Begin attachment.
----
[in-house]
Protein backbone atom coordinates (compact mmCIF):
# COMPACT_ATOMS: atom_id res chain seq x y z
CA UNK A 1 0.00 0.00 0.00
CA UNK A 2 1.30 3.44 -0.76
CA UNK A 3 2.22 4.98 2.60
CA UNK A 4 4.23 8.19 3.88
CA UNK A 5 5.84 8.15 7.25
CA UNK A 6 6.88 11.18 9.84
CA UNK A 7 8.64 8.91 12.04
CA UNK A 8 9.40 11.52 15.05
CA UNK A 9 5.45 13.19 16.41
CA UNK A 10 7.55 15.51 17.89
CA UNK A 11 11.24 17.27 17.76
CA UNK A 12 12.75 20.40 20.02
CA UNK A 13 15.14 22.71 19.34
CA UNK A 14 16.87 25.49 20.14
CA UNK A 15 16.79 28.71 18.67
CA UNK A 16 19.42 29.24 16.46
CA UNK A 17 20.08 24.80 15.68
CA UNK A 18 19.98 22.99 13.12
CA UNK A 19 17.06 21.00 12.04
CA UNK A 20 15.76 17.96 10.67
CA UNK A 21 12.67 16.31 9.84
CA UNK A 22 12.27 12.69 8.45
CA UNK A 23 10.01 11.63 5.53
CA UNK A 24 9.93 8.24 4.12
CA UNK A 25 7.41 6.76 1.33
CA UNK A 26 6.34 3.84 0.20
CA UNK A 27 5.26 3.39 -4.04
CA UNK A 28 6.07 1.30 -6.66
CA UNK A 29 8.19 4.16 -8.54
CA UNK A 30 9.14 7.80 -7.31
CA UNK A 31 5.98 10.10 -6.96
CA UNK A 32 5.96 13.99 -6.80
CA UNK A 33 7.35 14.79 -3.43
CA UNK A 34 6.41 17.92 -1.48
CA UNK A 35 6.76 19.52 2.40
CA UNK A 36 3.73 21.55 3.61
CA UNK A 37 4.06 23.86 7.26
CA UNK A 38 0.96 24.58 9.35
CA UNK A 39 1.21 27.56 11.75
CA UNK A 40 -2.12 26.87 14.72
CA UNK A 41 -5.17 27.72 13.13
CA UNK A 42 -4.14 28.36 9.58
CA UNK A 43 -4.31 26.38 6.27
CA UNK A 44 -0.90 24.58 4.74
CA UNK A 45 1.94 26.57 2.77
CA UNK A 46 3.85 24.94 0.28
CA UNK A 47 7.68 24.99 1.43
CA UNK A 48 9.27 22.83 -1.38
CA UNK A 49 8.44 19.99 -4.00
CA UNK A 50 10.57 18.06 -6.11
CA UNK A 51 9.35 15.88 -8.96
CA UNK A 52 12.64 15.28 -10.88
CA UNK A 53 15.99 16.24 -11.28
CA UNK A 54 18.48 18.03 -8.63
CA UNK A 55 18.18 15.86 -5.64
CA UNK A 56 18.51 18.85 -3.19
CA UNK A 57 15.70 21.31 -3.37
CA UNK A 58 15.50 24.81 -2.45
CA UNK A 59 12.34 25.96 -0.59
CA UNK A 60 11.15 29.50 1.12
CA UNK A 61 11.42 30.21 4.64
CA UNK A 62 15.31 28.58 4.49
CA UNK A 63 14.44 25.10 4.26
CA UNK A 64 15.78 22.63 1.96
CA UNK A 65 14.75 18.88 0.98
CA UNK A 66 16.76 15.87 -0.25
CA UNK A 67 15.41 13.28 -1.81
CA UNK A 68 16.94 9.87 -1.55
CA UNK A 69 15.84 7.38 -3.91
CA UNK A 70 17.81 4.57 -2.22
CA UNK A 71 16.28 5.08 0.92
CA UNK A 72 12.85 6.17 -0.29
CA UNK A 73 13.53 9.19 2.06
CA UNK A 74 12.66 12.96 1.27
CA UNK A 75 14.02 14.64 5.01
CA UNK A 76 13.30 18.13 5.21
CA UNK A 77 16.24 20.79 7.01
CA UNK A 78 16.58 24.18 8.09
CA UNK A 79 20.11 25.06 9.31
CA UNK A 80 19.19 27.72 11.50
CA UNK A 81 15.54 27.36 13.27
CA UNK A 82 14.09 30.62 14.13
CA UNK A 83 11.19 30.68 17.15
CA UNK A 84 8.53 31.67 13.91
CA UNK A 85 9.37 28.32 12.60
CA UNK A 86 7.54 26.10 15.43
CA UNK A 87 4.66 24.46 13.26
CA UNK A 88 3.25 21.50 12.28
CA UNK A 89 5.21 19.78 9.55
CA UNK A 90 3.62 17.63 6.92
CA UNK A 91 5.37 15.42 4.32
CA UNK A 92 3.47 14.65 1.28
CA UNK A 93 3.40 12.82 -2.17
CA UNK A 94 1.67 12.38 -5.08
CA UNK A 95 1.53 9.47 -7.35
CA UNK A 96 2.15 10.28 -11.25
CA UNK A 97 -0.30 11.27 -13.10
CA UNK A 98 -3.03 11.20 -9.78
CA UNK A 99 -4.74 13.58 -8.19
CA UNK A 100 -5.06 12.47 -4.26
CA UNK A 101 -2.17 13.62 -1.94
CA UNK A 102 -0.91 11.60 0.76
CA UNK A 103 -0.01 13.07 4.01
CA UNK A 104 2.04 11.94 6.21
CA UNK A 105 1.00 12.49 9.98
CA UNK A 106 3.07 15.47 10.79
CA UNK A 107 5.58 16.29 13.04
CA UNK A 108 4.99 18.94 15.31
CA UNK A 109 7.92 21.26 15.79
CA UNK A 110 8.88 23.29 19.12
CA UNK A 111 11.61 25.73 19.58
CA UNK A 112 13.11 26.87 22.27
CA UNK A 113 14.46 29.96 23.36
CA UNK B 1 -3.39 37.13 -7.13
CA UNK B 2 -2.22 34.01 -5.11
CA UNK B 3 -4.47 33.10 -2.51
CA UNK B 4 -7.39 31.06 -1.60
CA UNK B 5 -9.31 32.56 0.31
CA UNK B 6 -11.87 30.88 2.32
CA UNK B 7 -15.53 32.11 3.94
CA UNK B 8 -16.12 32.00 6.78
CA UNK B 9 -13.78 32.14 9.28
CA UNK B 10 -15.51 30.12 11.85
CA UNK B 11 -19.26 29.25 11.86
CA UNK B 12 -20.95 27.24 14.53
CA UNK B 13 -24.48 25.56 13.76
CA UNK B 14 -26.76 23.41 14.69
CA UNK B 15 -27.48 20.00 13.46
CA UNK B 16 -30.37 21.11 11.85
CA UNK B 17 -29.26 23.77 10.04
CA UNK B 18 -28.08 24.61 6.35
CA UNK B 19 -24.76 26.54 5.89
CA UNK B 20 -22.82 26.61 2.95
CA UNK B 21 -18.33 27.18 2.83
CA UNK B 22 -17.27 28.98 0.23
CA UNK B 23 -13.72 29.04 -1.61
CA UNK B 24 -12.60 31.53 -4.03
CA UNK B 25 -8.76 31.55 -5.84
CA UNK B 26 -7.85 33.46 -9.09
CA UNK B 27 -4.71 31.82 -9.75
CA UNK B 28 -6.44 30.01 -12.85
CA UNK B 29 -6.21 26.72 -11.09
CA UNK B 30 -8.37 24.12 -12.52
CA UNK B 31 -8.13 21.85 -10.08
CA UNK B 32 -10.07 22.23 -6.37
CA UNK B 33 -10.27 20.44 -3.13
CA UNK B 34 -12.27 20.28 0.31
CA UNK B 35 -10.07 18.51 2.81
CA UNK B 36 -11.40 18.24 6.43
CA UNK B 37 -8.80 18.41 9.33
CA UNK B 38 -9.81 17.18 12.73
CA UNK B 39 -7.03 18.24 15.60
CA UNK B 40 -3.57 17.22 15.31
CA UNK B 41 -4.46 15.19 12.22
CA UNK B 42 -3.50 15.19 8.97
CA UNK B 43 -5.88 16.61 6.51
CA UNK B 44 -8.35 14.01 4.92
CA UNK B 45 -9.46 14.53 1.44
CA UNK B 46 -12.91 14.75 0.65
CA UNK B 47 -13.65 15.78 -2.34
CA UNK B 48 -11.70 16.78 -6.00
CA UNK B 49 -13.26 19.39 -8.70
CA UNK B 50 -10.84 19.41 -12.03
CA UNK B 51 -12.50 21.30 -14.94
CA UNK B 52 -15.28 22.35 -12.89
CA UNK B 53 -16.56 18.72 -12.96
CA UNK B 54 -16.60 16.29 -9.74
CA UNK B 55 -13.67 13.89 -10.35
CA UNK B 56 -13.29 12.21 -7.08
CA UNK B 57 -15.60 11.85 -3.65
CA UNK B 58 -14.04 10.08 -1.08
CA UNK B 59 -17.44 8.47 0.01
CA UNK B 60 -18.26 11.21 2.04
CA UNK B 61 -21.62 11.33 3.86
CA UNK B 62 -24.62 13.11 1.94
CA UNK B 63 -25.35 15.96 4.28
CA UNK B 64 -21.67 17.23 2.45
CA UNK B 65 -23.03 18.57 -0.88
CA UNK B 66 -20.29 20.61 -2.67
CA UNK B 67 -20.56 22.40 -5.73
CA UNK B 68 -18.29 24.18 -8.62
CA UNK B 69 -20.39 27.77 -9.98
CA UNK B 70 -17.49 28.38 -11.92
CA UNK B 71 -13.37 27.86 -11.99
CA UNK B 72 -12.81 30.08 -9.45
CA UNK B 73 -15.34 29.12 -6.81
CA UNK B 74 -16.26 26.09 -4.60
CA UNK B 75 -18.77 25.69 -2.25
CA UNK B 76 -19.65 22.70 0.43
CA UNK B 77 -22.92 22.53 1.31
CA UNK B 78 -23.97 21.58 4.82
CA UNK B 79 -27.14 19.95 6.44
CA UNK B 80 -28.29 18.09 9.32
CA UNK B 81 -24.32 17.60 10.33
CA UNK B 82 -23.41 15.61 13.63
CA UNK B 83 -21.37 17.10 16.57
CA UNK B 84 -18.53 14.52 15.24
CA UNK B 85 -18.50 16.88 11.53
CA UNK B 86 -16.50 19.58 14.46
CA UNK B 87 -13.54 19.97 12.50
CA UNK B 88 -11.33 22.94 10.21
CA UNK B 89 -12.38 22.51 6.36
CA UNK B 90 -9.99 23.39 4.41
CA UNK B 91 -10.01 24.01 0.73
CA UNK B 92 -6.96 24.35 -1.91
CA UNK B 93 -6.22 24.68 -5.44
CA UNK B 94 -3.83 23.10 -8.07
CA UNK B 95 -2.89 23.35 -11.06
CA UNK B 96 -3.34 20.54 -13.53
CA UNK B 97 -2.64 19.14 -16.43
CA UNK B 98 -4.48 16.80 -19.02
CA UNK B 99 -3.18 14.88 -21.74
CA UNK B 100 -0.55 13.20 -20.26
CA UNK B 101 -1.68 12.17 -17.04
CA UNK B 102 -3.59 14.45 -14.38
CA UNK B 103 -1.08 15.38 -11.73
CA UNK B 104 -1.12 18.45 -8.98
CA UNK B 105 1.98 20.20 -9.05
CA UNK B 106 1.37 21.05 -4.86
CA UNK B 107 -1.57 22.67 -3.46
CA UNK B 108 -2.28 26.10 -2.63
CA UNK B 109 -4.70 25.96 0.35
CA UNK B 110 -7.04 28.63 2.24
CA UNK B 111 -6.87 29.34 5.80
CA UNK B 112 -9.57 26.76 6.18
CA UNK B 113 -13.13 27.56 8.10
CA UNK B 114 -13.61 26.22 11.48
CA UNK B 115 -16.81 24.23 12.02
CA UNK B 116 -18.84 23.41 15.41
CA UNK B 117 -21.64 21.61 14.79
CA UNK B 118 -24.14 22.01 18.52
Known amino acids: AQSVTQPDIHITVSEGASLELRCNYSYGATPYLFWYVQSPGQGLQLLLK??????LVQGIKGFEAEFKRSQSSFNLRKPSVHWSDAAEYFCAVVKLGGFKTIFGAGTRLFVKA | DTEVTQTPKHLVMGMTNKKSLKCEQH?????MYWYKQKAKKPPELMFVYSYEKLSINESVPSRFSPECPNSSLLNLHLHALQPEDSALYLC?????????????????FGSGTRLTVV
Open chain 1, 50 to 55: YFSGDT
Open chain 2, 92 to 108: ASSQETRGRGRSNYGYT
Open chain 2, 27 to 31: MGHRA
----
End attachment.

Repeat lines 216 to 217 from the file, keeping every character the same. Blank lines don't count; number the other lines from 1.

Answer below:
CA UNK B 100 -0.55 13.20 -20.26
CA UNK B 101 -1.68 12.17 -17.04